My shooting a rabbit does two main things though: It keeps the number of rabbits down and reduces the burrows in the farmer’s cow field, which in turn means less cows being shot due to serious injuries from getting caught out by deep holes. It also means food for me and my family, as the rabbit will not be wasted.

I’m sorry, but Mrs Feathers the factory chicken had 18 months of hell before being thrown in shredder just so you could have some poor quality egg in your shop brought salad. At least the bunny I shoot will have had a life of freedom, sunshine, good food and free of suffering. Who’s worse? The people buying factory meat from a store, or me?

When we move I plan to hunt larger game in an area that uses hunting to increase the entire animal population by proper husbandry. I plan to only shoot what is sustainable, better for the future population of that animal species and other affected species, and only what I need and can use. I wish to avoid buying factory farmed meat and produce where possible.



The difficulty for me is the killing. Yes, I know my shot will be true and clean, and I know it is better than buying from a store, but I’m face to face with my fluffy dinner; I’m not distanced from it like the anti-hunt people who buy their tortured slabs of meat in polystyrene trays, covered with clingfilm.

I’ll pull the trigger. I’ll take responsibility for that life. I’ll prepare and eat the meat and I’ll appreciate it all the more for knowing that I’ve not added to the supermarket demand for factory farmed animals.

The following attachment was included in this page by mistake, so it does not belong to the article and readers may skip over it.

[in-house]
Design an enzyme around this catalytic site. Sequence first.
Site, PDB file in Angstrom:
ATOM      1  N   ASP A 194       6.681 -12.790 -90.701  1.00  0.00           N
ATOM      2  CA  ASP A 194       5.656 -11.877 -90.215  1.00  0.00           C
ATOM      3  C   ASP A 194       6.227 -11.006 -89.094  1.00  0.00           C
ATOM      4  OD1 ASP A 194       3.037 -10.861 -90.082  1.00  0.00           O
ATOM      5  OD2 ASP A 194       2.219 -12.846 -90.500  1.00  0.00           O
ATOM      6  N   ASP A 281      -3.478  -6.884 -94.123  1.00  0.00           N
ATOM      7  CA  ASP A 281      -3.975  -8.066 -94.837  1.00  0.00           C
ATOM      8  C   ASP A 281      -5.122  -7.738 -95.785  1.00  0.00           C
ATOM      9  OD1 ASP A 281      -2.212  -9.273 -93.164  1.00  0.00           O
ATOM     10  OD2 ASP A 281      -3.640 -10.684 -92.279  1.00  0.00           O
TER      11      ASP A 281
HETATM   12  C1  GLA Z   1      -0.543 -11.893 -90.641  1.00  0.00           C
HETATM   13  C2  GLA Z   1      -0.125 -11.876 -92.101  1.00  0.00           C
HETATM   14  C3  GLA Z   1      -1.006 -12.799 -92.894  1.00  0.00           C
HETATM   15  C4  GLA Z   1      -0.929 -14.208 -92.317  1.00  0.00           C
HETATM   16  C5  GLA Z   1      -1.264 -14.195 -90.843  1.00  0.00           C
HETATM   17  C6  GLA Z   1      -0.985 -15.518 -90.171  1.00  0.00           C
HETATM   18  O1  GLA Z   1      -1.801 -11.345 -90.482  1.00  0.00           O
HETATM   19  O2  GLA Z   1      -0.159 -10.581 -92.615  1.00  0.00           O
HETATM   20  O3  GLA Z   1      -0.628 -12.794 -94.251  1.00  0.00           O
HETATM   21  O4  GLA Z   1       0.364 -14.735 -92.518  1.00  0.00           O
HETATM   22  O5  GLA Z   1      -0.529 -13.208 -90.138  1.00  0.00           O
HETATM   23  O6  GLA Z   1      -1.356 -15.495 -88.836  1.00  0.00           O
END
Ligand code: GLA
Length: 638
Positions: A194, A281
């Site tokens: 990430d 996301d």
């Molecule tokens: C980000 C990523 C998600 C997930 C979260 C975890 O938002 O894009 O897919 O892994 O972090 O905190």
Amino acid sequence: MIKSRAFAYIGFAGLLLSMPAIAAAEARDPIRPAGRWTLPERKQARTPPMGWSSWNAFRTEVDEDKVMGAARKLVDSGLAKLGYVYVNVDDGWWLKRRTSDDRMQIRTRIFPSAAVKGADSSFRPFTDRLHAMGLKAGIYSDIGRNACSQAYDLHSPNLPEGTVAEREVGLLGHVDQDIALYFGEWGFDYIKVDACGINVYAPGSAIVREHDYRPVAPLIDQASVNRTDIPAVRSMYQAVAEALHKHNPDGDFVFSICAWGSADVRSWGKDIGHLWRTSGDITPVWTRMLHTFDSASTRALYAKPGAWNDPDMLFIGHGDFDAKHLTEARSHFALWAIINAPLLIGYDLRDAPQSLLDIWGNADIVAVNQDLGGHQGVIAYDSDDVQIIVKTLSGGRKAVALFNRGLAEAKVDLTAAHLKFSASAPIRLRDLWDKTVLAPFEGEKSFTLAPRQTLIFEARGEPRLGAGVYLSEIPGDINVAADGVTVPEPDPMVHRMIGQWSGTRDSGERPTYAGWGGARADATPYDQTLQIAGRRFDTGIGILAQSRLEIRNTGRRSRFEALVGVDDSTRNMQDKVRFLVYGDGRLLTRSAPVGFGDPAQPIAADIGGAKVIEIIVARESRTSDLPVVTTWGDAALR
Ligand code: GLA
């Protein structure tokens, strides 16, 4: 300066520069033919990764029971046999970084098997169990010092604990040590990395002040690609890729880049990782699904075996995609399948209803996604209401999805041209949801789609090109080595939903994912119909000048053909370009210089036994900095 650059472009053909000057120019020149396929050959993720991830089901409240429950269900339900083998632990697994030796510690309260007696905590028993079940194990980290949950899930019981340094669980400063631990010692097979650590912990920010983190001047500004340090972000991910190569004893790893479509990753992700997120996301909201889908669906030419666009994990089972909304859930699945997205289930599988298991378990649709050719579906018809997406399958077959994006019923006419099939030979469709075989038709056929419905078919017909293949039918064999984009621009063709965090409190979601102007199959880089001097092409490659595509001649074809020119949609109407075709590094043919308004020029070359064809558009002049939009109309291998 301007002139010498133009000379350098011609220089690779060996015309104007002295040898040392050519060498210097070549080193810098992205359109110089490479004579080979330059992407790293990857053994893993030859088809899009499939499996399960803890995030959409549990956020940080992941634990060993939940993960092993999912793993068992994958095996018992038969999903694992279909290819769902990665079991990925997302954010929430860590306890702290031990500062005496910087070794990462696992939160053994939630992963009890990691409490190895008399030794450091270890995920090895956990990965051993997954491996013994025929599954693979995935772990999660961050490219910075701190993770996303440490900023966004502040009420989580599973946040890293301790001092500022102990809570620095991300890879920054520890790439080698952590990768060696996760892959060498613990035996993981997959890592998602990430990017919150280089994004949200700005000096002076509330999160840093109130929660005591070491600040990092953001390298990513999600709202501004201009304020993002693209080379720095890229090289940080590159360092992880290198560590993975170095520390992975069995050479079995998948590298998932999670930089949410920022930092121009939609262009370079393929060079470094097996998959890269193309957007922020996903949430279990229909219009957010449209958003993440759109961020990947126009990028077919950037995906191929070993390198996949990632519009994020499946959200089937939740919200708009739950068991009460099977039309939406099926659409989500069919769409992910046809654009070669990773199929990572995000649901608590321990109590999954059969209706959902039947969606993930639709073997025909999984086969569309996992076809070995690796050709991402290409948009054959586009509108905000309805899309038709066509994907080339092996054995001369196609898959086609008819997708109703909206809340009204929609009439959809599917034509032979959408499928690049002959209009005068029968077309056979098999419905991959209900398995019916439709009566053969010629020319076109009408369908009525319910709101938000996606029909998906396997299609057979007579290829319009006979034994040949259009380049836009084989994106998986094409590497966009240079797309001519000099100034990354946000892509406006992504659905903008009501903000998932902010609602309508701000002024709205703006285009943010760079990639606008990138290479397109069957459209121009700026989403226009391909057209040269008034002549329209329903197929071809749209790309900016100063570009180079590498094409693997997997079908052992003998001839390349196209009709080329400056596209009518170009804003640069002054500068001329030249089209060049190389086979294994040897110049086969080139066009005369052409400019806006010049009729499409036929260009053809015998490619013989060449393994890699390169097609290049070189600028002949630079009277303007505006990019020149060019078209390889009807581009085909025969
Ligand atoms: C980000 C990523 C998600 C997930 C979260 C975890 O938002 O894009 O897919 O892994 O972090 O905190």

So if you ask ‘how can you shoot a poor fluffy bunny?!?‘, I’ll ask ‘how can you buy inhumane factory farmed animal produce?

You buy from this, with unsold animals being thrown in to landfill – some still alive:

This is acceptable?

Once wrapped up and put on a supermarket shelf you’ll feel much better.

If you don't see it, it makes it okay. Yeah?

If you don’t see it, it makes it okay. Yeah?

But disagree with this – Free roaming rabbit – only shooting what you need:

Terrible. Fancy shooting a rabbit that's lived in freedom and happiness.

Terrible. Fancy cleanly shooting a rabbit that’s lived in freedom and happiness.

So inhumane! You'd rather eat factory farmed, mechanically reclaimed meat...?

So inhumane! You’d rather eat factory farmed, mechanically reclaimed meat…?

It is a catch 22 for me. I love animals and nature, and even though I’ve done my research & seen it for my own eyes, hunting for their greater good still doesn’t make it seem right;  Even though it’s clearly working in certain countries, and is a damned lot better than force fed, cramped, mistreated factory animal produce.

At the time of writing this I’ve still to shoot my first rabbit, but rest assured! I have a well skilled country friend who is taking me through the humane hunting and despatch skills required to go with my already precise rifle work. I’m not half arsing this – I owe my doing it right to the rabbit.



Death from above…or below?

I have been following the geothermal activity at Yellowstone National Park with some interest. It is one of those problems that has experts talking – as although it is an old problem. It is one that is quite unique – and funnily enough, we have no modern data on globally catastrophic earthquakes and volcanoes.

Potentially it could wipe out life as we know it – but it could also just dribble. We sit on a World that is in constant danger from meteor showers, we are at the beck and call of global climate anomalies and every day is riddled with dangers that we just don’t know about (which is often good!).